• lisa
    May 12, 2017

    Hi am currently having high prolactin, any suggestions on hormone balancin smoothies

    • Ana
      May 15, 2017

      Prolactin is most often associated with a slow thyroid, so nuts (especially Brazil nuts, for their high Selenium content), oats and kelp powder are some of the ingredients I would include in smoothies. But always ask the doctor before starting a new diet, because the high prolactin can have different causes. I hope this helps!

  • belinda beale
    May 15, 2017

    5 stars
    Why shouldn’t we have a lot of Maca powder? Just because I read its good in a smoothie so I have been putting it in a few times a week.

    • Ana
      May 15, 2017

      I try to limit the maca powder intake because there aren’t studies regarding its side effects, and since it plays a role in hormone production, I’d rather keep the consumption on the safe side. I am also skeptical regarding any plant which is not a native of my birth areal, so my body is not used with consuming it. Some people take it in high doses and have no problem, but I prefer not assuming any risks. A few times a week sound like a reasonable dosage 🙂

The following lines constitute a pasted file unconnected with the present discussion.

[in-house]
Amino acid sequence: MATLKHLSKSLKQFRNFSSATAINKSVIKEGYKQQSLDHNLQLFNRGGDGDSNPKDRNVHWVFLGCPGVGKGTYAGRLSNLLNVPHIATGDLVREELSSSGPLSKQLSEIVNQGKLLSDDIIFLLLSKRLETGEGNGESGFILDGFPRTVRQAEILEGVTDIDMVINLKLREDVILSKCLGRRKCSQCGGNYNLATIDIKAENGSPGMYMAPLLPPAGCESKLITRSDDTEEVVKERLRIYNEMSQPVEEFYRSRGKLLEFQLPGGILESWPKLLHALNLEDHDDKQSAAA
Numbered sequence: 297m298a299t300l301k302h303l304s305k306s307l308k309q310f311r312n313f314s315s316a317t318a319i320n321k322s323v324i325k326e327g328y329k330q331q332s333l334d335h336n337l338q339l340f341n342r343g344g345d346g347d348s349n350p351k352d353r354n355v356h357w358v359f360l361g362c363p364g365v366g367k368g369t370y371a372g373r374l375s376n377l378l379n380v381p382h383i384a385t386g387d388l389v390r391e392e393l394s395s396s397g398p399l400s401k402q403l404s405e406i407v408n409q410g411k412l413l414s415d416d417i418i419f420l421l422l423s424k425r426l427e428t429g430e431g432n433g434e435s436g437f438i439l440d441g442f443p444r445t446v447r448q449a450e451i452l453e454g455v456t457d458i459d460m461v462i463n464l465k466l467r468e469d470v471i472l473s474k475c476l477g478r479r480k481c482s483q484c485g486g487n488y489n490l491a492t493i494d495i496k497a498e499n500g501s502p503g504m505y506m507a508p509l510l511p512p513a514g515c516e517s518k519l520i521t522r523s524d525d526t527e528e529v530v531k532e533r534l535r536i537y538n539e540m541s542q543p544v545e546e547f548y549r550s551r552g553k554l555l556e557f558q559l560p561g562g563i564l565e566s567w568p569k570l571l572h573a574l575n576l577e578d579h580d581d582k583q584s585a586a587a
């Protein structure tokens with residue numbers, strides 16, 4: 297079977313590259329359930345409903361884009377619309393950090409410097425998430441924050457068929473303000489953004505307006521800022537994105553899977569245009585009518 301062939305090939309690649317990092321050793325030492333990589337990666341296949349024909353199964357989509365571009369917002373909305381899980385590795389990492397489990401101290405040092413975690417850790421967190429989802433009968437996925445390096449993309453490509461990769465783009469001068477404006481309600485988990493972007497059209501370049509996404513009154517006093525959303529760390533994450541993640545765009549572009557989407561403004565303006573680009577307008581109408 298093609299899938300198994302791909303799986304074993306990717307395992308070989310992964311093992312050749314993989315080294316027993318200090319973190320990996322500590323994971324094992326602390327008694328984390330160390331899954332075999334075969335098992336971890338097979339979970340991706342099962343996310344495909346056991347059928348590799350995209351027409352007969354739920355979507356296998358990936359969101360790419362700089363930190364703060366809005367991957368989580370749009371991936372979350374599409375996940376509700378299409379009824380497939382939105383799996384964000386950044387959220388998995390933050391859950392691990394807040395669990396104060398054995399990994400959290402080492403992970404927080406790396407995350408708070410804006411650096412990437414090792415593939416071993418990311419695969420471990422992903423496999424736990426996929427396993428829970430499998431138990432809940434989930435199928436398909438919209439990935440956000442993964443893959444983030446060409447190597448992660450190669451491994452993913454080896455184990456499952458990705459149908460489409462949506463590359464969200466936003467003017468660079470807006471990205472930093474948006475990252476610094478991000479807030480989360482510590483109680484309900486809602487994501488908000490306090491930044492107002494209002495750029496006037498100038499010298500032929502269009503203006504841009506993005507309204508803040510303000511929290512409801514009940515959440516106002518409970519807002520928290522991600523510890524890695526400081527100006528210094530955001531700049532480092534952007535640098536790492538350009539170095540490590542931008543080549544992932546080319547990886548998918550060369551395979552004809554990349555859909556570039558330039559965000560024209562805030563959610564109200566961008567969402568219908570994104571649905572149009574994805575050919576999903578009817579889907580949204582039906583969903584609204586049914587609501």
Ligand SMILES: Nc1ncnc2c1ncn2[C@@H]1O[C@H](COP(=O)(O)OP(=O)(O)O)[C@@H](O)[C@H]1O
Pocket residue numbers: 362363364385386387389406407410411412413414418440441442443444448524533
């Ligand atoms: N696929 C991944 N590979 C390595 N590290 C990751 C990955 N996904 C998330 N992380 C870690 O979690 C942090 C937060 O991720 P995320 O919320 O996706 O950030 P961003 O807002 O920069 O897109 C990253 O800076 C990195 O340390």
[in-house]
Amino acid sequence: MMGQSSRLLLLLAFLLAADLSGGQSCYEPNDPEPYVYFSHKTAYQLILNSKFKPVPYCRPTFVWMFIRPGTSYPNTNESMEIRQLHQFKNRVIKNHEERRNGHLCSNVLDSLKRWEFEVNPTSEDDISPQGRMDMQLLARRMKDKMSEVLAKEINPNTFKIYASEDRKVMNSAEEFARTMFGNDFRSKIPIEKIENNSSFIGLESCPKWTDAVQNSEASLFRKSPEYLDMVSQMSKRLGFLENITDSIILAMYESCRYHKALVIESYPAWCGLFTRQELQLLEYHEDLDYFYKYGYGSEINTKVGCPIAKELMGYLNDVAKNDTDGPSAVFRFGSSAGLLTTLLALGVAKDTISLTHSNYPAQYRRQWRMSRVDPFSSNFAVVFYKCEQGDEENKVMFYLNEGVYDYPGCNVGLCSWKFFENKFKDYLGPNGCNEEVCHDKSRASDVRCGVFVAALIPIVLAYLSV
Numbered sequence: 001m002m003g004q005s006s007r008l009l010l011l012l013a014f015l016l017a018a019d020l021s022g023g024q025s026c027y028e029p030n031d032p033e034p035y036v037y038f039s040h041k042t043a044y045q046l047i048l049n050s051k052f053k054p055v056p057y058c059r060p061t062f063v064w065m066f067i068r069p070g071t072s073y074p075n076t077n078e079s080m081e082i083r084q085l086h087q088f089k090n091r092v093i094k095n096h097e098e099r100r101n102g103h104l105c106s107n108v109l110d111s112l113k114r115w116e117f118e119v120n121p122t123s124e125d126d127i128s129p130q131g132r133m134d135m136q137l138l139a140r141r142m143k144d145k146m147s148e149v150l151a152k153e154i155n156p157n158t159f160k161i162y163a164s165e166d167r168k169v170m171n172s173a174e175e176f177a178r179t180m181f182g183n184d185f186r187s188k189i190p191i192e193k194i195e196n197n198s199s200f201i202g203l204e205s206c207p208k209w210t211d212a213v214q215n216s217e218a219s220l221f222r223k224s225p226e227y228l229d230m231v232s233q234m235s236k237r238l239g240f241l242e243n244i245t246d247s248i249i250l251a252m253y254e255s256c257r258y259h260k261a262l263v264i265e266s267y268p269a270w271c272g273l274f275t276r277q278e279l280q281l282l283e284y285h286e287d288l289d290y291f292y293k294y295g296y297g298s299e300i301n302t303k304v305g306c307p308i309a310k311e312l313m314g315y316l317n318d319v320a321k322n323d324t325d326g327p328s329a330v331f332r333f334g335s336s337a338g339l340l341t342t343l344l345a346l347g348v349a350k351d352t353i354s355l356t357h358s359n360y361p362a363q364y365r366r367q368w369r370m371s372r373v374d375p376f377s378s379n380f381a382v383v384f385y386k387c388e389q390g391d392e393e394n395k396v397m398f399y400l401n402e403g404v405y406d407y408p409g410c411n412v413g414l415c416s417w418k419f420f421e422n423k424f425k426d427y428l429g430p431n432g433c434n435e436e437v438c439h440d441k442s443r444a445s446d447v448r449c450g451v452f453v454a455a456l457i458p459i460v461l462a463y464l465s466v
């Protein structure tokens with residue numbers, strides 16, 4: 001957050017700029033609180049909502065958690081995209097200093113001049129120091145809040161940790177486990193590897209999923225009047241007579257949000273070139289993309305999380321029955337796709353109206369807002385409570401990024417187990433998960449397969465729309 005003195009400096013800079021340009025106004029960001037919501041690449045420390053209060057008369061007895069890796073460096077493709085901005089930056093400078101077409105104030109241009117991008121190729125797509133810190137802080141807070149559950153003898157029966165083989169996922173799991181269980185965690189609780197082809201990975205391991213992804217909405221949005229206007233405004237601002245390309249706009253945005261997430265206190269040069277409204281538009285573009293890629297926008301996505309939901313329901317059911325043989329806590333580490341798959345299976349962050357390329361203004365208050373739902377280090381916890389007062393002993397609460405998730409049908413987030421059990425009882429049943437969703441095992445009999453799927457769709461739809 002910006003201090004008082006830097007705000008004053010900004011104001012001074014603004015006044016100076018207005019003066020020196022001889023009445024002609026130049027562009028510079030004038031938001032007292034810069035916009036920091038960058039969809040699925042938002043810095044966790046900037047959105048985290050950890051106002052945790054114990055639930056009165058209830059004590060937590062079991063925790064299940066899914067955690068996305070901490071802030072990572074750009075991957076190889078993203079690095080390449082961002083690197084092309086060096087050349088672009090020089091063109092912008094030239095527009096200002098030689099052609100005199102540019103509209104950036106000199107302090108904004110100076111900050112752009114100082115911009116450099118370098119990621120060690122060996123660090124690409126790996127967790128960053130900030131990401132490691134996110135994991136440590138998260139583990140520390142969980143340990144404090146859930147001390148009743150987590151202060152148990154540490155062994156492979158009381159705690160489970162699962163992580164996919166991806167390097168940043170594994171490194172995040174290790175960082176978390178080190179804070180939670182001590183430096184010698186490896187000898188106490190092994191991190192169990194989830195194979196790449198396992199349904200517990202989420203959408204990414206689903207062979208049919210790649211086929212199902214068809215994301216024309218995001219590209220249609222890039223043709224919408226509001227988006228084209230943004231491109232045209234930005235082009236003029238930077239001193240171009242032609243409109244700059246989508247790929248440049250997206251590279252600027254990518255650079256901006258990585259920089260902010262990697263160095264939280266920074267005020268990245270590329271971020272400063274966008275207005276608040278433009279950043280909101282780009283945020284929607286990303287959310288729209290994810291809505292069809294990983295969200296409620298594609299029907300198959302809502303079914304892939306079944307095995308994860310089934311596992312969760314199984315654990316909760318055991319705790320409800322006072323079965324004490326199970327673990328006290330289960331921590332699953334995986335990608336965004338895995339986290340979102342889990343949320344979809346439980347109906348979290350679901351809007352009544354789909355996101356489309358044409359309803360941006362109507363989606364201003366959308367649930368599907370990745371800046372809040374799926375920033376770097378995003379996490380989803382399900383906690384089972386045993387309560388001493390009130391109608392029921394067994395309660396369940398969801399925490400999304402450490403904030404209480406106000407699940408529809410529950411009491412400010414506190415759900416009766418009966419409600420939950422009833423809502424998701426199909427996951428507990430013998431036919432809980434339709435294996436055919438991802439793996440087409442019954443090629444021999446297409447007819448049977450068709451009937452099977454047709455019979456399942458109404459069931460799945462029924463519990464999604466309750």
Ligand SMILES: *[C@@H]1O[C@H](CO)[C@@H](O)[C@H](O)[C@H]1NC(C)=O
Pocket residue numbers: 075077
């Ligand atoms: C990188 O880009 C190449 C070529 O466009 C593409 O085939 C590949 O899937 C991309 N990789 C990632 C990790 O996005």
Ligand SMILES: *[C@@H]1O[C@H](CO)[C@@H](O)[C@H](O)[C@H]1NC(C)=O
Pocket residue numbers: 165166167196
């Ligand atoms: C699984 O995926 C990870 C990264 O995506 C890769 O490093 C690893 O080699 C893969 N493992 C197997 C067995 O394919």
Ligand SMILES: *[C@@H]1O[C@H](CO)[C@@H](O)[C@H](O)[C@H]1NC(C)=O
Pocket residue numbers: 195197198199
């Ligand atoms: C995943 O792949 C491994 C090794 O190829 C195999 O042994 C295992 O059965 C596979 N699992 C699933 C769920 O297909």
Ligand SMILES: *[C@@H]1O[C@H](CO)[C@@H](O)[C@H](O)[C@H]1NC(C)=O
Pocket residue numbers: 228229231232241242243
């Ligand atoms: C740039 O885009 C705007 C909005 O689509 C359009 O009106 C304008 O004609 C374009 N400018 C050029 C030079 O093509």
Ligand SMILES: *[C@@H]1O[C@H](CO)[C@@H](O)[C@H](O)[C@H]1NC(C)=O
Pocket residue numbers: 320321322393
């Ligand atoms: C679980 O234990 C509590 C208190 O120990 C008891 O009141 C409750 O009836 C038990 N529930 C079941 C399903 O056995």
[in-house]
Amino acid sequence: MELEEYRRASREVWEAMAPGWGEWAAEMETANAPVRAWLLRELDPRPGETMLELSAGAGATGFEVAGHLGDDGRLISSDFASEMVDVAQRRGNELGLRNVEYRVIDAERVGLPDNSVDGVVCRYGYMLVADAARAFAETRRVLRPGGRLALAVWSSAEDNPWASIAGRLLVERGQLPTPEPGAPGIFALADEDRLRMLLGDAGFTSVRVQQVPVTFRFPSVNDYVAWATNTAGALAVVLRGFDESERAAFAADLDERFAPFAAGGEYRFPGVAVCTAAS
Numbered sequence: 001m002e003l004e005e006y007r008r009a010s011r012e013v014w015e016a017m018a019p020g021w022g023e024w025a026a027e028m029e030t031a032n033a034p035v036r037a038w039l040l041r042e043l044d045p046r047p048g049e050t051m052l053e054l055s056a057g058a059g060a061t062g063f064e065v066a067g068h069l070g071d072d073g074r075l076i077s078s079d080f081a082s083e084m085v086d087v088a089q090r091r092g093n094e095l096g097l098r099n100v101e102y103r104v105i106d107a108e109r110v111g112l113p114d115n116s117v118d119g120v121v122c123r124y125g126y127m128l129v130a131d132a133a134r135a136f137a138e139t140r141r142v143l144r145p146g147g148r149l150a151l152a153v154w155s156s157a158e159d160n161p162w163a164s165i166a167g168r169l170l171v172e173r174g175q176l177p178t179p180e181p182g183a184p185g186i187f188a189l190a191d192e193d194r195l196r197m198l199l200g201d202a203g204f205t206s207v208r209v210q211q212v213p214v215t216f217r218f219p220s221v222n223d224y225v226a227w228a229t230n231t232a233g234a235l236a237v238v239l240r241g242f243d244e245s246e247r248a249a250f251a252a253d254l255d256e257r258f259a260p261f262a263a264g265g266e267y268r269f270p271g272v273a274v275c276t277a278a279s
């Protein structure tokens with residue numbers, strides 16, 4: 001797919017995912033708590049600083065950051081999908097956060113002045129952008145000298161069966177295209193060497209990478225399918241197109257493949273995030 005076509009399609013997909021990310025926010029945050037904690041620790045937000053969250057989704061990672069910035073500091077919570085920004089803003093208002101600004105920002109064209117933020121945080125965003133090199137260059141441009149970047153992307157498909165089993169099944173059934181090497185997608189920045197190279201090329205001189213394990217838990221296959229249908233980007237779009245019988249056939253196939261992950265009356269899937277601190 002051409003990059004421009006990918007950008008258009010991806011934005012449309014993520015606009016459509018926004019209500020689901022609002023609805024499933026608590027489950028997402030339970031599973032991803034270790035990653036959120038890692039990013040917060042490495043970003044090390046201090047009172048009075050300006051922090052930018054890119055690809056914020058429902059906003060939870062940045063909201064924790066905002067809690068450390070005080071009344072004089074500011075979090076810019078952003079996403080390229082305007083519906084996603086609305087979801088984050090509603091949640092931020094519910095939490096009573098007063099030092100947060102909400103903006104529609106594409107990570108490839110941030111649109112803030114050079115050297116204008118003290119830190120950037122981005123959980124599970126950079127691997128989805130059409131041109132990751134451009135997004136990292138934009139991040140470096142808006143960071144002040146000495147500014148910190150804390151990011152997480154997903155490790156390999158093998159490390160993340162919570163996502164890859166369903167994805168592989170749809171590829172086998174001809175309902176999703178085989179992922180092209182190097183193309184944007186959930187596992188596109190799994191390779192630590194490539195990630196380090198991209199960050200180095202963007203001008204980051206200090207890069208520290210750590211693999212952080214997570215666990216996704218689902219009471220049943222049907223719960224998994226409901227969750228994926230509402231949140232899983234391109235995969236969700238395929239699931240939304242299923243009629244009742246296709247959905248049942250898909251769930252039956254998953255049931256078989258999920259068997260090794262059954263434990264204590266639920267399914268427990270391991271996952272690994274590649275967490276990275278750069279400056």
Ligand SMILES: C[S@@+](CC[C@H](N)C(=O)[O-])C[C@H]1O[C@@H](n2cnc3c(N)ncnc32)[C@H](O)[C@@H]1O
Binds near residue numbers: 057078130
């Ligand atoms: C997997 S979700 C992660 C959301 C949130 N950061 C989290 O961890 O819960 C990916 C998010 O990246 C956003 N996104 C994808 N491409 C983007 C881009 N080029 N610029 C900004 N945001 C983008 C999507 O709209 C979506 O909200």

• Aidania Bastidas
        May 17, 2017

        5 stars
        What type of maca powder would be best to use?

        • Ana
          May 23, 2017

          A trusted, certified organic source is always the best choice!

  • Safe
    August 16, 2018


    I have high prolactin n trying to conceive what smoothie would you recommend…

    • Ana
      August 16, 2018

      Hi, I would choose to add plenty of greens (kale, spinach, chard), banana, nuts and seeds. But make sure to check with your doctor and nutritionist to see if these are good for you. I hope this helps, wishing you to see your dream come true and become a mother soon.

    • Arja
      August 6, 2020

      Hi Ana,
      How long can I drink this recipe and how do I know when to stop? I’m on day 4 now.
      Thanking you in advance,

      • Ana
        September 5, 2020

        Arja, if you’re adding the maca powder, don’t drink it more than a month, but without it you can go on as long as you like.

  • Jane
    November 11, 2018

    Hello Ana!
    Good day to you and thank you for this very useful information a woman should read.
    How do I know I have Hormonal Imbalance?
    I have a very abnormal period which never happened in my whole life, it’s all started only this year. I very little blood to none in a month.